Dixon is a Methodist and decided to share he thoughts about the whole Paula Deen affair and decided to take Progressive Christians to task for their selective grace:
When it comes to discussing race, progressives have little tolerance for intolerance–past or present. We throw labels around as easily as the Pharisees threw stones at adulterous women. How dare someone not have OUR enlightened view on the world! How dare they not have been born with the innate view of justice, righteousness, and soul that we have!
So when Paula Deen’s transcript was leaked to the press last week, the script was already in place. The media would report that she used the “N” word–everybody would gasp–then the outrage would begin. She would be crucified by the New York Times, Facebook pundits, and of course, her fellow chefs. She would be tried by the court of public opinion who would judge her entire life’s work and character by the use of the “N” word in a private conversation. RACIST! we would yell. She would cry. Her business would be destroyed and progressives would declare victory.
Yet, here is the reality: Deen told the truth about her past. Knowing everything: her empire, her contracts, and sponsorships were at stake–she told the truth. She was more honest under oath than at least 3 US Presidents, several dozen Catholic, Methodist, Baptist, and Non-Denominational preachers and countless business leaders. Unlike the Pope, Joe Paterno, or Donald Trump, she acknowledged she hadn’t always gotten it right but that she and her company was committed to doing it better and were doing better.
Dixon isn’t done yet:
Progressives Christians love to talk about grace except when they have to extend it to someone who has offended their political reality. The grace that we proclaim that washes us clean and entitled us to a new life is for everybody as long as they have not offended our politics. A cursory look at the progressive schizophrenic (and hypocritical) view of who deserves grace bears this out. Anthony Weiner shows his weiner to someone other than his wife–Grace abounds. My beloved Bill Clinton gets a handy j in the oval office–Grace abounds. Barney Frank shacks up with a male prostitute–Grace Abounds. President Obama–doesn’t close Gitmo; listens to our conversations; and uses drones to kill civilians–Grace Abounds. A woman uses the N word AND admits it knowing that a great portion of her clientele is African American (I’d say Paula probably has used it more than that)–our verdict: Off with her head, her show, and her ham.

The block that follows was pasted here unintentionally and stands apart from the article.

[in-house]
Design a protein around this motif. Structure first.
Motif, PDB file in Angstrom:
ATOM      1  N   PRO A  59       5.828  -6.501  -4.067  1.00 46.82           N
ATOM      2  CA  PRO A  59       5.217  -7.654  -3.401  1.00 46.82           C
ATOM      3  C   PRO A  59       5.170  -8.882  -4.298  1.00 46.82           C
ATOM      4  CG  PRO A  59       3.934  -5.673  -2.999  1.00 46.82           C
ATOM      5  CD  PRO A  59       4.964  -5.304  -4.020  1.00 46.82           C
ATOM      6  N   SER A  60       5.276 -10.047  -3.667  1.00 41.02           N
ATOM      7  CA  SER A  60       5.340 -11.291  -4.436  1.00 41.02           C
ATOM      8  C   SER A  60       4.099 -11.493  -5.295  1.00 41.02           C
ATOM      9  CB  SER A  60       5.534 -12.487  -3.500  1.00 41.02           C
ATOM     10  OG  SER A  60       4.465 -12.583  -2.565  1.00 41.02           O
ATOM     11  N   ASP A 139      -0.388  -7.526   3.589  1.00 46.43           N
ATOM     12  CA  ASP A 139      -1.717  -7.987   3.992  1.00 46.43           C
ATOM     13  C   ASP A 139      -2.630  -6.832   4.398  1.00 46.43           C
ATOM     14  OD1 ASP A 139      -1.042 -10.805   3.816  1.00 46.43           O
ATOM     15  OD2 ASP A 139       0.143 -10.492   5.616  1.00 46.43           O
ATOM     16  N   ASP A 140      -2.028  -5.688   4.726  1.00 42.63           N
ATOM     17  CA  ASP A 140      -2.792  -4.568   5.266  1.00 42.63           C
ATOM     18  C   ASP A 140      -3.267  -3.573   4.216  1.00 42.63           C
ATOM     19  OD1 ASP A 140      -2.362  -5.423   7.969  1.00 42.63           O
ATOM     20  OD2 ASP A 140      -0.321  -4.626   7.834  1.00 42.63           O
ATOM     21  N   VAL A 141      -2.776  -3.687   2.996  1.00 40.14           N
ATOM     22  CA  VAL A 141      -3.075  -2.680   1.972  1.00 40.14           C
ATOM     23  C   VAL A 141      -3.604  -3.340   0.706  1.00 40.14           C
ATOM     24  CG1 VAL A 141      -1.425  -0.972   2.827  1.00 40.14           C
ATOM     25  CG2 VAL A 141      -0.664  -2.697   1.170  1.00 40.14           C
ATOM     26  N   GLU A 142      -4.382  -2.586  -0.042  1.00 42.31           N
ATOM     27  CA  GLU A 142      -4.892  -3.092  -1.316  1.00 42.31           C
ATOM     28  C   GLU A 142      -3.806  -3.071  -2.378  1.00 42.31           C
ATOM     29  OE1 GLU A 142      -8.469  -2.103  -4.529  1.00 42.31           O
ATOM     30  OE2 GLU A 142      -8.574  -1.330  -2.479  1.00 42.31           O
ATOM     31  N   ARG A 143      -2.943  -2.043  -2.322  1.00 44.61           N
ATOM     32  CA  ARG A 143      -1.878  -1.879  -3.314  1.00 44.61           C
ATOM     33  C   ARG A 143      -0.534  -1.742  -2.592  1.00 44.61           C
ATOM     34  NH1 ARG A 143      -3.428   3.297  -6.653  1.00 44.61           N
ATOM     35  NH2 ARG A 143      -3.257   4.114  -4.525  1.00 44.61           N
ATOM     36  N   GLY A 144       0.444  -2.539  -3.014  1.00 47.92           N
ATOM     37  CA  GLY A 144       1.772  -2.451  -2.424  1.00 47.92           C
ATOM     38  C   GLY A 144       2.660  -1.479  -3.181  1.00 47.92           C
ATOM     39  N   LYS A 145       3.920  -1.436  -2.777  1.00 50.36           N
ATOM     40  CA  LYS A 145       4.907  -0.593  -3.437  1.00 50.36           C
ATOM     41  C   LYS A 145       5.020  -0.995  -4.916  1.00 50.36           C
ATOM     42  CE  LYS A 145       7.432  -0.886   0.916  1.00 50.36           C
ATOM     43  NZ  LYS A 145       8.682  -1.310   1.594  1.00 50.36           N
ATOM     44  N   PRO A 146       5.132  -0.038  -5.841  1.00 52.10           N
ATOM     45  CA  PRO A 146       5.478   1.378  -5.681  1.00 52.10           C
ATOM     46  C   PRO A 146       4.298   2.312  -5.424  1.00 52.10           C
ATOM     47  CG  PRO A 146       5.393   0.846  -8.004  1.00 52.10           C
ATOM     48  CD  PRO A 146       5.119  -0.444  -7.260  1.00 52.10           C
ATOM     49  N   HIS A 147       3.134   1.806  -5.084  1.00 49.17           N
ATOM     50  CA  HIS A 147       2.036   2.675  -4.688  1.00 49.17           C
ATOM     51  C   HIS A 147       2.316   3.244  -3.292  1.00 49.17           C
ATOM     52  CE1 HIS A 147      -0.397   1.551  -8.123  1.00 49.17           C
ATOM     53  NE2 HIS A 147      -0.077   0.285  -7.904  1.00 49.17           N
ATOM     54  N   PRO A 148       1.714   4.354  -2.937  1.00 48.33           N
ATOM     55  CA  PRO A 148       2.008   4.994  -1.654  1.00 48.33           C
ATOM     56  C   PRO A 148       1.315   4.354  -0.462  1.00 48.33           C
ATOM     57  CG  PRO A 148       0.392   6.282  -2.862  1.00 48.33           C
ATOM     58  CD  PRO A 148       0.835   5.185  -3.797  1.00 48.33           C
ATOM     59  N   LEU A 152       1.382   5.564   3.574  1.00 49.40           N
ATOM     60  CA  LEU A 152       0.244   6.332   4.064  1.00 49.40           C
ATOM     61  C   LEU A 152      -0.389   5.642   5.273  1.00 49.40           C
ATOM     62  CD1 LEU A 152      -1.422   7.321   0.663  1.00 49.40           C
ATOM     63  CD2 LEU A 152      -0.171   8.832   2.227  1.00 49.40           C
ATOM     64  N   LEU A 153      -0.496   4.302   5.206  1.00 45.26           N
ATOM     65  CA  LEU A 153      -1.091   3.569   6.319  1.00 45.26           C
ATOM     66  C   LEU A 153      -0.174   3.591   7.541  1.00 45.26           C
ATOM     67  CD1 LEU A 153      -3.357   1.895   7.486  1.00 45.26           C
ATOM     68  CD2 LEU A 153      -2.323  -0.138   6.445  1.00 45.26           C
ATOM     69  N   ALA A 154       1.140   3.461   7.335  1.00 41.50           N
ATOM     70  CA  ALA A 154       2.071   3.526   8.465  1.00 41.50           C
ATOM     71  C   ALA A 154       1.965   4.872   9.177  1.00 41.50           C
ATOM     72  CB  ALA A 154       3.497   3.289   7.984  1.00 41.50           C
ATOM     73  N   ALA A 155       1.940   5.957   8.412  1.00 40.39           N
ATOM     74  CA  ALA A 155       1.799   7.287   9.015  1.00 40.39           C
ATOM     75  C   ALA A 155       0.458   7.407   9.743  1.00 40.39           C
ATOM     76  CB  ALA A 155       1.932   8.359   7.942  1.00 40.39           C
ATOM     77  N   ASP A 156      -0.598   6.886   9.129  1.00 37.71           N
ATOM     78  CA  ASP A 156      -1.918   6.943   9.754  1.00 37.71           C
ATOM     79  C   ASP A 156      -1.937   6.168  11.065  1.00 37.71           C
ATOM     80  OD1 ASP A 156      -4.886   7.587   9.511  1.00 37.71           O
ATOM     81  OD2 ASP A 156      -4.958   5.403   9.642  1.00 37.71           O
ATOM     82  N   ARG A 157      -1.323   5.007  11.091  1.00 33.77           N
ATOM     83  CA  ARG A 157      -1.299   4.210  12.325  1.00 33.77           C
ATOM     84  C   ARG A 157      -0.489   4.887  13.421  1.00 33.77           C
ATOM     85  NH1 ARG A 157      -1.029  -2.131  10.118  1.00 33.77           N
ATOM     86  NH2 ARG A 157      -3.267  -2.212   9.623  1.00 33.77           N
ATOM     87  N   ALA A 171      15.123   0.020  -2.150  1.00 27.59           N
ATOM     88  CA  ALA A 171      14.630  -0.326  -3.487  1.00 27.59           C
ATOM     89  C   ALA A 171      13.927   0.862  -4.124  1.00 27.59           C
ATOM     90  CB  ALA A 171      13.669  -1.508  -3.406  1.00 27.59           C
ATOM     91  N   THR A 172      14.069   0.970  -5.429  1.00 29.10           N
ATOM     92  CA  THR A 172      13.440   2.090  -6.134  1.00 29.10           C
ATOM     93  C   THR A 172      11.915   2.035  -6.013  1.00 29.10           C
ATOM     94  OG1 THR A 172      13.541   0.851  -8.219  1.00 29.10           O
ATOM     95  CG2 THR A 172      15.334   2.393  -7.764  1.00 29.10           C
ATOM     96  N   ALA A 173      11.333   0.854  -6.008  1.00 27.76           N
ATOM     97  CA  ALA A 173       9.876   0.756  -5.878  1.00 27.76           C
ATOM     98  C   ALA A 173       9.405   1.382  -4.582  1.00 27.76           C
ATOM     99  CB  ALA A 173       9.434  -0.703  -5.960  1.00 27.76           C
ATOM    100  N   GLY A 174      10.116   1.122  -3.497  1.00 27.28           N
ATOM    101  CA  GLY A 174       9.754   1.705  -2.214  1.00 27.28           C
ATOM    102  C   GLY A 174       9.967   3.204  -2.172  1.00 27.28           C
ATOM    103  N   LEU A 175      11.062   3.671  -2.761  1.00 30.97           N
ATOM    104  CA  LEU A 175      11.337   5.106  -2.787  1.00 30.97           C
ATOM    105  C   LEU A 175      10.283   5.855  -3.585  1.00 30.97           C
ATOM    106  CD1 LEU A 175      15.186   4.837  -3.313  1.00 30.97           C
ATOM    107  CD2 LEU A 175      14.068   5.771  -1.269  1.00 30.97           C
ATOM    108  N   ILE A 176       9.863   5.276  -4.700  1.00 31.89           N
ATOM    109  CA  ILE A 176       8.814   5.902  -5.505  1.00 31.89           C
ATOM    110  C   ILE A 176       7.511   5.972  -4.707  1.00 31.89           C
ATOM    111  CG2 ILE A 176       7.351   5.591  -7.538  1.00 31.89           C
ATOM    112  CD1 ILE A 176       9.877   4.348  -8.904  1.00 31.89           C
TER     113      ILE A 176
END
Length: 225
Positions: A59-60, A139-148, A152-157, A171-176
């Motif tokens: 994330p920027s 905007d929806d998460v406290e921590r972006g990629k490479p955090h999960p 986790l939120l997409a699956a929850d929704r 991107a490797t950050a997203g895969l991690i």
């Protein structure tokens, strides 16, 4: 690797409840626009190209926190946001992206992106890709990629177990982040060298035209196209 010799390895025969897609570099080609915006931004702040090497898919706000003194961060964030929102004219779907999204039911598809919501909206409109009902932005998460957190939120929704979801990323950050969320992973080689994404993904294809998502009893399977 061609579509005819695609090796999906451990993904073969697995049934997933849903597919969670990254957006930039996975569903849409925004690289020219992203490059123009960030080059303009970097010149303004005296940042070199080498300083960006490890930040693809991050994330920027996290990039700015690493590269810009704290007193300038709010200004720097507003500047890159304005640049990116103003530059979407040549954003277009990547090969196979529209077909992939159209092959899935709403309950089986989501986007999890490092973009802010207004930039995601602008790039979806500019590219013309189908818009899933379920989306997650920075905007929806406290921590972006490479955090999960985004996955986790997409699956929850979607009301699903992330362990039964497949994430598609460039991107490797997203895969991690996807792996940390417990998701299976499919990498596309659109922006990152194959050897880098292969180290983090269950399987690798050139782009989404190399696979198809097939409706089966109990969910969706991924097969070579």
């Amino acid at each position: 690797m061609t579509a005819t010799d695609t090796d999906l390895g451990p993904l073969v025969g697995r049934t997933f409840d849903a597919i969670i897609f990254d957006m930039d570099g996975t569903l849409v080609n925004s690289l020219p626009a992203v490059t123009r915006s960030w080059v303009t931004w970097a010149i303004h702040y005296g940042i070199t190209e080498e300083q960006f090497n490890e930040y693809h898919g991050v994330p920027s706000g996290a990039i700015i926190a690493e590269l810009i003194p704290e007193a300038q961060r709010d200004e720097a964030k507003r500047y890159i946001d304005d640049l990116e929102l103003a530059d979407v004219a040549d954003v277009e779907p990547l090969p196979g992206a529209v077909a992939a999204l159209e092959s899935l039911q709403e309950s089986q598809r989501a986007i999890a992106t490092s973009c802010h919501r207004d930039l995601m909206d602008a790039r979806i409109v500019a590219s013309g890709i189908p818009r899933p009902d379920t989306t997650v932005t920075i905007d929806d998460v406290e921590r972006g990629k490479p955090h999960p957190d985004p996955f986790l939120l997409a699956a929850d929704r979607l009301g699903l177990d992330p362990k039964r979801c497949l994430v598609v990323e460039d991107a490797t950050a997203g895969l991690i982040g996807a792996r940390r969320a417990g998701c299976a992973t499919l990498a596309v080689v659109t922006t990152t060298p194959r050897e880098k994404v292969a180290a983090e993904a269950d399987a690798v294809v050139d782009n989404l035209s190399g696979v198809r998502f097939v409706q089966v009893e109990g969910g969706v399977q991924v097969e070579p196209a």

What really angers me is the fact that most of the people really tripping about Deen’s past are from the North. That’s not to say that Southern African Americans are passive about the use of racial slurs but we are also aware of the reality that mindsets don’t all change at the same pace and that if we judged every white southerner over the age of 50 by what they said in the past, we could never buy a car; house, or eat in a Waffle House ever again. Perhaps the reason that much of the civil rights establishment, the men and women who got their heads beat in on the regular, have not condemned Paula Deen is because they know the complexity of the human heart on matters of race. Moreover, they are also aware that someone’s past doesn’t predict their present. Perhaps they remembered that the same George Wallace that stood in the door at the University of Alabama saying that Blacks would never be welcomed, returned in 1985 to the campus to crown and kiss that year’s Black Homecoming Queen, my sorority sister Deidra Chestang at a time when our campus was threatening to boil over in racial turmoil. That kiss silenced the bigots that day and his words begged all of us to embrace a new South. Though we lost that game to Vanderbilt, that kiss symbolized the magnificent change that God’s grace can make in a man’s heart. Many African Americans are standing by Deen, especially those that through the years she has launched into business because they are judging her actions as well as her words.